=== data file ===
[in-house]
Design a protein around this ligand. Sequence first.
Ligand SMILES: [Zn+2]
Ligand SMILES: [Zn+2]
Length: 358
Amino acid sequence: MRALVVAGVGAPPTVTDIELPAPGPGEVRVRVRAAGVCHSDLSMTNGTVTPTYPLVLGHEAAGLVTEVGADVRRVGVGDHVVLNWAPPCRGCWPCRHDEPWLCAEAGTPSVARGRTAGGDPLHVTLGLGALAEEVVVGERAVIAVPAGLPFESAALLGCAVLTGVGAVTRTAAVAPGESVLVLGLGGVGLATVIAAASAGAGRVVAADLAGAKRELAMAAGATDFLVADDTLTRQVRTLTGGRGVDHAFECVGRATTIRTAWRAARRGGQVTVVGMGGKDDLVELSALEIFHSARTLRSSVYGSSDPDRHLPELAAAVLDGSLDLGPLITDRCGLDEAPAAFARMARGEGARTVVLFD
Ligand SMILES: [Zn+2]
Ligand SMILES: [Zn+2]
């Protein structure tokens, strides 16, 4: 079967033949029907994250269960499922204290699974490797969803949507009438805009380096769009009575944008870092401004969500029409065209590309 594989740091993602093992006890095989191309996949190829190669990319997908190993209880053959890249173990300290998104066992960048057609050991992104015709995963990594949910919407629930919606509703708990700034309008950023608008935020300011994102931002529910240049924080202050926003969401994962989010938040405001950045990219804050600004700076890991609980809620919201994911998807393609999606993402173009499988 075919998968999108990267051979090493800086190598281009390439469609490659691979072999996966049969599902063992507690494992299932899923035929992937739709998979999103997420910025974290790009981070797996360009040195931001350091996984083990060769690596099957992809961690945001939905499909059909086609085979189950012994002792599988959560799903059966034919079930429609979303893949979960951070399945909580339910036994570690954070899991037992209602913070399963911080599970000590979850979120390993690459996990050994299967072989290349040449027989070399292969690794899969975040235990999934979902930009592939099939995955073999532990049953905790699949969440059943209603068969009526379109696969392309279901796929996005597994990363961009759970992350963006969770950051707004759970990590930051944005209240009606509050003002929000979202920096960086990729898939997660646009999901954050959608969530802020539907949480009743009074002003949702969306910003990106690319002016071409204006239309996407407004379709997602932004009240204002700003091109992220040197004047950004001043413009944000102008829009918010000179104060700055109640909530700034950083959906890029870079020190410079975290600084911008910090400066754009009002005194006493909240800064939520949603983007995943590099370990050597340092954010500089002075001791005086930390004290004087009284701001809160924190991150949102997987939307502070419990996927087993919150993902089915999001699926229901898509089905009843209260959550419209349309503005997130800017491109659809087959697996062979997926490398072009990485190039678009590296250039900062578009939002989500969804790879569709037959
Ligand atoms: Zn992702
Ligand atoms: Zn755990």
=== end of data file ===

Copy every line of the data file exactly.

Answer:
[in-house]
Design a protein around this ligand. Sequence first.
Ligand SMILES: [Zn+2]
Ligand SMILES: [Zn+2]
Length: 358
Amino acid sequence: MRALVVAGVGAPPTVTDIELPAPGPGEVRVRVRAAGVCHSDLSMTNGTVTPTYPLVLGHEAAGLVTEVGADVRRVGVGDHVVLNWAPPCRGCWPCRHDEPWLCAEAGTPSVARGRTAGGDPLHVTLGLGALAEEVVVGERAVIAVPAGLPFESAALLGCAVLTGVGAVTRTAAVAPGESVLVLGLGGVGLATVIAAASAGAGRVVAADLAGAKRELAMAAGATDFLVADDTLTRQVRTLTGGRGVDHAFECVGRATTIRTAWRAARRGGQVTVVGMGGKDDLVELSALEIFHSARTLRSSVYGSSDPDRHLPELAAAVLDGSLDLGPLITDRCGLDEAPAAFARMARGEGARTVVLFD
Ligand SMILES: [Zn+2]
Ligand SMILES: [Zn+2]
């Protein structure tokens, strides 16, 4: 079967033949029907994250269960499922204290699974490797969803949507009438805009380096769009009575944008870092401004969500029409065209590309 594989740091993602093992006890095989191309996949190829190669990319997908190993209880053959890249173990300290998104066992960048057609050991992104015709995963990594949910919407629930919606509703708990700034309008950023608008935020300011994102931002529910240049924080202050926003969401994962989010938040405001950045990219804050600004700076890991609980809620919201994911998807393609999606993402173009499988 075919998968999108990267051979090493800086190598281009390439469609490659691979072999996966049969599902063992507690494992299932899923035929992937739709998979999103997420910025974290790009981070797996360009040195931001350091996984083990060769690596099957992809961690945001939905499909059909086609085979189950012994002792599988959560799903059966034919079930429609979303893949979960951070399945909580339910036994570690954070899991037992209602913070399963911080599970000590979850979120390993690459996990050994299967072989290349040449027989070399292969690794899969975040235990999934979902930009592939099939995955073999532990049953905790699949969440059943209603068969009526379109696969392309279901796929996005597994990363961009759970992350963006969770950051707004759970990590930051944005209240009606509050003002929000979202920096960086990729898939997660646009999901954050959608969530802020539907949480009743009074002003949702969306910003990106690319002016071409204006239309996407407004379709997602932004009240204002700003091109992220040197004047950004001043413009944000102008829009918010000179104060700055109640909530700034950083959906890029870079020190410079975290600084911008910090400066754009009002005194006493909240800064939520949603983007995943590099370990050597340092954010500089002075001791005086930390004290004087009284701001809160924190991150949102997987939307502070419990996927087993919150993902089915999001699926229901898509089905009843209260959550419209349309503005997130800017491109659809087959697996062979997926490398072009990485190039678009590296250039900062578009939002989500969804790879569709037959
Ligand atoms: Zn992702
Ligand atoms: Zn755990």